By: Katie Runnels
I usually make pasta at least once a week for my husband. Sometimes I put some chicken or turkey in it, and sometimes I try new combinations of meat and veggies. About two months ago we bought a new skillet. It is stainless steel, and it is very easy to burn the bottom of the pan.
My mom finally told me that the reason for the burning was that my heat was too high. So, I have been working on keeping the heat lower–so I don’t get a burned up black skillet…
A few weeks ago I was out of some of my usual ingredients, so I poured a little cooking wine it the sauce to spice it up a bit. I then remembered that I needed to turn the heat down, and let it cook slowly. I let it cook at a very low heat for a few hours–stirring it occasionally. I decided to be patient. I decided to watch and wait.
When my husband got home from work, the pasta was ready, and the house smelled delicious. He ate it, and commented, “this is my favorite pasta [that you have ever made]! It is so rich! What did you do?” I told him that I added wine…and that I cooked it at a lower heat for a longer period of time… I “slow cooked it.” The flavors were fully released (in the pasta), and it was the best version of itself. I learned a really important cooking lesson. I also learned a life lesson.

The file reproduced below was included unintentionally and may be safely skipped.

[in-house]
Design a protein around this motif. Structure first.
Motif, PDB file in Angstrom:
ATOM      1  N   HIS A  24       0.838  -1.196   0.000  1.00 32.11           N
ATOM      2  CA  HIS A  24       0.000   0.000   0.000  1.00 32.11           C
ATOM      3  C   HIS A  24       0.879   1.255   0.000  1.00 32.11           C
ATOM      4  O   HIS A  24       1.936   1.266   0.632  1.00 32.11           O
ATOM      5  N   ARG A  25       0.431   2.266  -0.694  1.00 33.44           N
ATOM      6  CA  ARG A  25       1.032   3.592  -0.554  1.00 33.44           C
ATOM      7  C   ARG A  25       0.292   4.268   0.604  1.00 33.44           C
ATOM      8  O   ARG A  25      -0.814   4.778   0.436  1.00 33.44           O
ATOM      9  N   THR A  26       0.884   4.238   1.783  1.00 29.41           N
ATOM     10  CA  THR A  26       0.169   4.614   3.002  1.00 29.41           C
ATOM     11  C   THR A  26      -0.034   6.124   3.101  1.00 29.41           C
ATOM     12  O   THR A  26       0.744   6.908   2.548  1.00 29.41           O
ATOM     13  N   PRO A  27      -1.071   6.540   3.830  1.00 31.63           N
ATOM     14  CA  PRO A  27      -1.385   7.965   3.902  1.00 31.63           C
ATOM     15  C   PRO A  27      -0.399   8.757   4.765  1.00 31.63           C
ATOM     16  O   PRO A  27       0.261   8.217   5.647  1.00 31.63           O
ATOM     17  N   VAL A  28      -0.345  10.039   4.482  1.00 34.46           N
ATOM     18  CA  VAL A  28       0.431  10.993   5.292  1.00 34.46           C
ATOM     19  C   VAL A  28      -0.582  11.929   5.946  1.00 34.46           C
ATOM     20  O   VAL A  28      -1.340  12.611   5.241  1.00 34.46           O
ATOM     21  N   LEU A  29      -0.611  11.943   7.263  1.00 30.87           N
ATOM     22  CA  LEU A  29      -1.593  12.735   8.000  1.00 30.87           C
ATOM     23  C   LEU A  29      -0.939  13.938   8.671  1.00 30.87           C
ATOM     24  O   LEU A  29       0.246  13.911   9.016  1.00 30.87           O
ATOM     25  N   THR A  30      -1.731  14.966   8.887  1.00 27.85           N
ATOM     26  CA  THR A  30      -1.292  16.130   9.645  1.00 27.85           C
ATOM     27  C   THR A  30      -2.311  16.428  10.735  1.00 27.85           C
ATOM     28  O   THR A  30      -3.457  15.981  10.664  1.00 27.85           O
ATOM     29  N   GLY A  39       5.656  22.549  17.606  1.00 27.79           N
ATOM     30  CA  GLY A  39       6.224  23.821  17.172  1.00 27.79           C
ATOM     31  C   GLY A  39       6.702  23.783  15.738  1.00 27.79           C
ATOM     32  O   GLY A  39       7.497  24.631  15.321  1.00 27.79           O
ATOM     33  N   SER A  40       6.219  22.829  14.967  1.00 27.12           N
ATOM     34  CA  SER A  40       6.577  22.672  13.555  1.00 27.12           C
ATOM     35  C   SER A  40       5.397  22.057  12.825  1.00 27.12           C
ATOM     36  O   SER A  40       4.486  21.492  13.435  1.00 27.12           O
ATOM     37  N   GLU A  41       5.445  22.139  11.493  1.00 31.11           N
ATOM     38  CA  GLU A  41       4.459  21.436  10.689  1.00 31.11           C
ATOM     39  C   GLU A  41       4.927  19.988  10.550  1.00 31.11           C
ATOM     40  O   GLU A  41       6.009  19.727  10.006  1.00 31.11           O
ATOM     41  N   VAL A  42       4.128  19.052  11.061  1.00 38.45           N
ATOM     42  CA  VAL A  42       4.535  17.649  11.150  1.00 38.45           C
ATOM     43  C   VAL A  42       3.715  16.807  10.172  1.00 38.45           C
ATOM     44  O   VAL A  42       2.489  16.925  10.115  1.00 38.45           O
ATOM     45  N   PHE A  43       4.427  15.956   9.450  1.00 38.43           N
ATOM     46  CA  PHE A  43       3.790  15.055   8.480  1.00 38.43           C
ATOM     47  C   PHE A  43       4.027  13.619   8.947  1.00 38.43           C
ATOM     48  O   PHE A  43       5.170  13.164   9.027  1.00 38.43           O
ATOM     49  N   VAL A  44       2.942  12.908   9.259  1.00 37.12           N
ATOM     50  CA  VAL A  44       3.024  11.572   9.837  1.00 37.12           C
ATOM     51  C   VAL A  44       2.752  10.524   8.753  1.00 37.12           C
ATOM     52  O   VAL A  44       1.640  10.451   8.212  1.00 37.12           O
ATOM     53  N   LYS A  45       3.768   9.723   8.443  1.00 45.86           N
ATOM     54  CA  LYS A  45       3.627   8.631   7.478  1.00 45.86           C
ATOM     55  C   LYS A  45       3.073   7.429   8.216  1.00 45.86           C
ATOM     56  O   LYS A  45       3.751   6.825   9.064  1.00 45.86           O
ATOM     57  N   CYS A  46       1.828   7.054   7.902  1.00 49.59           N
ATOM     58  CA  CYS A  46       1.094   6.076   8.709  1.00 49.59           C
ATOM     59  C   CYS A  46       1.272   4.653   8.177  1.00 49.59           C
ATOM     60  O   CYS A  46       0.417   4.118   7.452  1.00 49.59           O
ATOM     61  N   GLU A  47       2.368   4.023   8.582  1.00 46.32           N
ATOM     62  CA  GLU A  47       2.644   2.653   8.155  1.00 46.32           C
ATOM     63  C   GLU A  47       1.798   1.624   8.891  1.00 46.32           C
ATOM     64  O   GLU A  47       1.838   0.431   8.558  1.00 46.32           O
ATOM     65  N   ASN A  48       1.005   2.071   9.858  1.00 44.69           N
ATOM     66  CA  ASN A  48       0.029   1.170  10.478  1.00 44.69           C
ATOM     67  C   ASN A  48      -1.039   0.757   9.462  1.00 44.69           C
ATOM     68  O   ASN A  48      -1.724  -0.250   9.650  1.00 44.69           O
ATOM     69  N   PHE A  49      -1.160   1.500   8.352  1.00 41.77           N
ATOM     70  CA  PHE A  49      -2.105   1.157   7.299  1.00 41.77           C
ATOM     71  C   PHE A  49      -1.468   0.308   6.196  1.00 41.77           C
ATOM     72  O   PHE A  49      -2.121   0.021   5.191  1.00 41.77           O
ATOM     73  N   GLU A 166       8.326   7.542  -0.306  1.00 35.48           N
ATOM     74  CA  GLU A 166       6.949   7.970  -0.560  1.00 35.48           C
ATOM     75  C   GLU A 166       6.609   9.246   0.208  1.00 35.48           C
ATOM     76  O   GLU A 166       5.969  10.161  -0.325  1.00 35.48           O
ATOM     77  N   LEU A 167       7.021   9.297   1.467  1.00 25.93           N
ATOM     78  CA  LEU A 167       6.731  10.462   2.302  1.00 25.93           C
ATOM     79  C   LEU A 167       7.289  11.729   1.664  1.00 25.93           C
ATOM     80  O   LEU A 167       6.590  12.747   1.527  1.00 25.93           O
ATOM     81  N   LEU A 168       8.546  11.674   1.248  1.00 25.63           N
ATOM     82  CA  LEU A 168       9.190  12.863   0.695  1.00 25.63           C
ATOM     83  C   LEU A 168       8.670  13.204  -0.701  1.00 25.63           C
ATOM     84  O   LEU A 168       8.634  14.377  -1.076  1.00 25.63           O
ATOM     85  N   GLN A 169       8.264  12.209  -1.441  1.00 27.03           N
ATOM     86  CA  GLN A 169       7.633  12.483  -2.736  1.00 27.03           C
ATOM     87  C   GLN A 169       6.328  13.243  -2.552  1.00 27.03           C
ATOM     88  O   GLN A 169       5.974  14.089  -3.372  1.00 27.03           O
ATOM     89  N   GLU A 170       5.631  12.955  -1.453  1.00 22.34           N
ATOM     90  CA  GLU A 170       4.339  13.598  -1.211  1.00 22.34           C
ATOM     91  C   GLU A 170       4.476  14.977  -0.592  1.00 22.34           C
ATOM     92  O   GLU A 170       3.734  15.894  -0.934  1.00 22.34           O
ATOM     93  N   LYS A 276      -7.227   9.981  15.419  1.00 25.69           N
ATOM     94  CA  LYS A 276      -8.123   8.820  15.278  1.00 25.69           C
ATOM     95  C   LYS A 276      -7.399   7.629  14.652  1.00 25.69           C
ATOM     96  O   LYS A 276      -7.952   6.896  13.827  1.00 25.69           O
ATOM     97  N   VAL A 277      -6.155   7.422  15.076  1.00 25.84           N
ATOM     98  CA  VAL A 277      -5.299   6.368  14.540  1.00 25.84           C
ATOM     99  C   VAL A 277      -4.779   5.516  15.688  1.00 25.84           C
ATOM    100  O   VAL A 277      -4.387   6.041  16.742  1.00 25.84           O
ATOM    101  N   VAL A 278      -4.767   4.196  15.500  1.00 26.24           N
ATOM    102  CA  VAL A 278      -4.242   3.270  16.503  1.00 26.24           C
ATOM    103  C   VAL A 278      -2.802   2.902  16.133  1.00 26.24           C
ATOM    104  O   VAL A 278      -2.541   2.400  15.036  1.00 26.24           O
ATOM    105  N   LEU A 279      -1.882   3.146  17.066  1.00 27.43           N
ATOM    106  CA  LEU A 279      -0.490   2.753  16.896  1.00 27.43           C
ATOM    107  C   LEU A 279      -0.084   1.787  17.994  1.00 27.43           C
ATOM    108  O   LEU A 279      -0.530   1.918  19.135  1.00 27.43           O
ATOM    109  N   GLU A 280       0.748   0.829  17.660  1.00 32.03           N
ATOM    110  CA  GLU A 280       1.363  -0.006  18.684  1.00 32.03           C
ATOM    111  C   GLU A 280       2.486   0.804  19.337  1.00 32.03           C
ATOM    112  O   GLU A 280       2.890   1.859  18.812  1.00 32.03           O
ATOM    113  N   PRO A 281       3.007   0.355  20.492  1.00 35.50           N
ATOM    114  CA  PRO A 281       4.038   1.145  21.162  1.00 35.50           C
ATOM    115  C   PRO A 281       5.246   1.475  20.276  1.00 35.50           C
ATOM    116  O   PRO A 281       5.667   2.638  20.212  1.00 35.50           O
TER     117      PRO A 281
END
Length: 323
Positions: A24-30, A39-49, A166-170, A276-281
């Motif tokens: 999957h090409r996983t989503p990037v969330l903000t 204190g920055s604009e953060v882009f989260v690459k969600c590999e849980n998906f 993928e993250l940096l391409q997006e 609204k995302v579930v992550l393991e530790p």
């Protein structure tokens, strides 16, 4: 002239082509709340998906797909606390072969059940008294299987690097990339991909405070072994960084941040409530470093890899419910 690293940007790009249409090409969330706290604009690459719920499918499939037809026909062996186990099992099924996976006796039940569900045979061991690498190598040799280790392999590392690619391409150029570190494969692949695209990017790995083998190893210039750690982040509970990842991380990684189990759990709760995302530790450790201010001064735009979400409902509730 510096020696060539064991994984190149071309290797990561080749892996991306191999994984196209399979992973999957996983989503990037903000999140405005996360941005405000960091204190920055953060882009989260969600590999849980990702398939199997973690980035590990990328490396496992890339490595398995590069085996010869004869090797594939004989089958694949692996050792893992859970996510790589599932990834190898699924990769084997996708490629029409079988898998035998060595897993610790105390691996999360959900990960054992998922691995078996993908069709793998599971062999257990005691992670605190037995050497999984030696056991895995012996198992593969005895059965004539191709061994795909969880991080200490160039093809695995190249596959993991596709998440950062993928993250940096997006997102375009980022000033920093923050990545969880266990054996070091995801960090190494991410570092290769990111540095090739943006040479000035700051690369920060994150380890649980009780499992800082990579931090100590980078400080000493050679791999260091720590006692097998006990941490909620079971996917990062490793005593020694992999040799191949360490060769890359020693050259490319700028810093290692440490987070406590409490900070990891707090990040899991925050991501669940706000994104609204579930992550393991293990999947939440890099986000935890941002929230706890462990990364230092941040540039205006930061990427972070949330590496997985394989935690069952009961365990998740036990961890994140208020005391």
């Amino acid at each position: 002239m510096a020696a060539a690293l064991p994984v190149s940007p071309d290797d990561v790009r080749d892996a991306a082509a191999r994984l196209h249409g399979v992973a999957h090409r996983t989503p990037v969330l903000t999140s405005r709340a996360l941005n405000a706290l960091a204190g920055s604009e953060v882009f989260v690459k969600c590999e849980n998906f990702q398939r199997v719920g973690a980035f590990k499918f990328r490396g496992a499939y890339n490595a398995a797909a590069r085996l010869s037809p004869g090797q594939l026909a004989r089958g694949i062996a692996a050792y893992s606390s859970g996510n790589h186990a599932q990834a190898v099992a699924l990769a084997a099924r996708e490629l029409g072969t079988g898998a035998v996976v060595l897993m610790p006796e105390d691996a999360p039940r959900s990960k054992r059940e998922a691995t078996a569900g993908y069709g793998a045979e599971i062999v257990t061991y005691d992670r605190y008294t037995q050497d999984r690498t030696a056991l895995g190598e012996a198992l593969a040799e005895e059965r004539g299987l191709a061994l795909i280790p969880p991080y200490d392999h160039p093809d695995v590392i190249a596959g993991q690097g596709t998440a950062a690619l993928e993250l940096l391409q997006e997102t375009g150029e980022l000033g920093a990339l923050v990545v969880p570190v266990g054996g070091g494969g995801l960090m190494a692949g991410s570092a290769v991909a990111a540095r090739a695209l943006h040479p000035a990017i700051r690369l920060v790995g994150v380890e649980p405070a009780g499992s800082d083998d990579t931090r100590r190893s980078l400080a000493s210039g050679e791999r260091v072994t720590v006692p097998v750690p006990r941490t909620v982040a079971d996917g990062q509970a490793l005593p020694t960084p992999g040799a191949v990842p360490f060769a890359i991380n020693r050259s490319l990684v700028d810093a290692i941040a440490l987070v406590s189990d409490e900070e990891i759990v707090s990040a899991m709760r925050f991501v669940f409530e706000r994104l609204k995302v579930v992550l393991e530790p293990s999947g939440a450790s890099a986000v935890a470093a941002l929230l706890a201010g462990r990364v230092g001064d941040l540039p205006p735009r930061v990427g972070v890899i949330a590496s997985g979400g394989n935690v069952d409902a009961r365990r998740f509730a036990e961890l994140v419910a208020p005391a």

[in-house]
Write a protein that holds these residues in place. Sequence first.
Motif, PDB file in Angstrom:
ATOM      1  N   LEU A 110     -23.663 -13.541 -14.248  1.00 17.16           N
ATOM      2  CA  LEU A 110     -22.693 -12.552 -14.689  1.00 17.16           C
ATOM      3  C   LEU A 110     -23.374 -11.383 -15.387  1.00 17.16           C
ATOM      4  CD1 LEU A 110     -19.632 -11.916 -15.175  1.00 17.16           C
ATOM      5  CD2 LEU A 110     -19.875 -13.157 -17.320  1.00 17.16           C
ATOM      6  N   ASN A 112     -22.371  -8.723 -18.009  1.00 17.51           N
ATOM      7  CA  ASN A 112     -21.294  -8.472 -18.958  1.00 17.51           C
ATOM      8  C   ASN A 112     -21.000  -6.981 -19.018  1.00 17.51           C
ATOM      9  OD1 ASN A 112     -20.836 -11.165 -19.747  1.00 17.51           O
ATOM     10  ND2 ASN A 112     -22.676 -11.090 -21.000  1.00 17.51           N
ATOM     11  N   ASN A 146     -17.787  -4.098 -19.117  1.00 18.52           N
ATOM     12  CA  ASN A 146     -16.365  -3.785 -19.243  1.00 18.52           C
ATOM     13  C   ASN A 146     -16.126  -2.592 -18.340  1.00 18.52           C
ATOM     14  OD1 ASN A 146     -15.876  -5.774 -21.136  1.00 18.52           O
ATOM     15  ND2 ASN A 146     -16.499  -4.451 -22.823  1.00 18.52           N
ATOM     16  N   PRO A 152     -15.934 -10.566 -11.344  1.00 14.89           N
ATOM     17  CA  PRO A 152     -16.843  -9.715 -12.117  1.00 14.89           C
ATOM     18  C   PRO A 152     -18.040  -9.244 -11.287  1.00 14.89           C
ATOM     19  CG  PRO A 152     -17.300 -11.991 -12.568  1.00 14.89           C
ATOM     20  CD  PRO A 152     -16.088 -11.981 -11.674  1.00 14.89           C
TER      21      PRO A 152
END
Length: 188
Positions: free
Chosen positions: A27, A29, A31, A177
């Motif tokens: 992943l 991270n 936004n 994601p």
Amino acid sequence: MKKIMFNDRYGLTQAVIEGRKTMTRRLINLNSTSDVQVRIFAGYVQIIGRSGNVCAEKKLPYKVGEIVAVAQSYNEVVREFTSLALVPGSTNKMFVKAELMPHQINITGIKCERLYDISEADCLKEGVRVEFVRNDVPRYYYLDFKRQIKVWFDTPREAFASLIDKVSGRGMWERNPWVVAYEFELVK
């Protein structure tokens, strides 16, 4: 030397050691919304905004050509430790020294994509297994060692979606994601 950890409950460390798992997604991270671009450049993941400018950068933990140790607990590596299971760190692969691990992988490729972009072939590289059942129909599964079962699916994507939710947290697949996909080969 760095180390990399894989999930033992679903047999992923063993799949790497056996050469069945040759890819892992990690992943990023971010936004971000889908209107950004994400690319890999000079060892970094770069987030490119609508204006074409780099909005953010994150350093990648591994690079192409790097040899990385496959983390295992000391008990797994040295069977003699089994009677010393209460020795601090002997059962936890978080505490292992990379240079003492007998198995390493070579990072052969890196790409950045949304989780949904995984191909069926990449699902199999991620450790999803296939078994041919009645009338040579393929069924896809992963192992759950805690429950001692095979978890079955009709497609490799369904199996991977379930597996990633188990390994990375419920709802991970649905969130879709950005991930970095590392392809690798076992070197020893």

Last night as I was making some more pasta, I started thinking about how being “slow cooked” relates to our lives. I believe that sometimes the heat low….and stays for a really long time. We want some action. We want things to change. We try and try and try. We spin our wheels. We wonder what is going on. We try to either turn the heat up (to speed things up) or turn the heat off (just walk away)–to deal with our discomfort. The reality is that maybe the heat is right where it needs to be so that we will become a delicacy. Sometimes we just need to watch and wait.
Maybe, just maybe, the longer we are stirred over a low heat, the more delicious we become. Eventually, the aroma of your patience and steadfastness will fills the air. And then (maybe, just maybe), people will drawn to our sweet smell from miles away (okay, maybe not miles, but you get the drift!).
Whatever “heat” is driving you bonkers right now (maybe a job, a spouse, a friend, a living situation), don’t think of it as an enemy. Think of it as a a stove and a skillet–making you into a tender, rich, unique delicacy.
Embrace the heat, and pretty soon, you will forget about the discomfort. You are being molded. You are being sanded. You are being softened. Don’t get rid of the heat. Don’t run away. It will only prolong your process. Embrace that hardship. Embrace that relationship. Embrace that difficult circumstance. Accept it.
Pretty soon, people will smell your sweet aroma and want to taste your deliciousness.
(Please note: Some of this article is a result of Pema Chodron, and her book, When Things Fall Apart. ) I highly recommend this book. It just might change your life.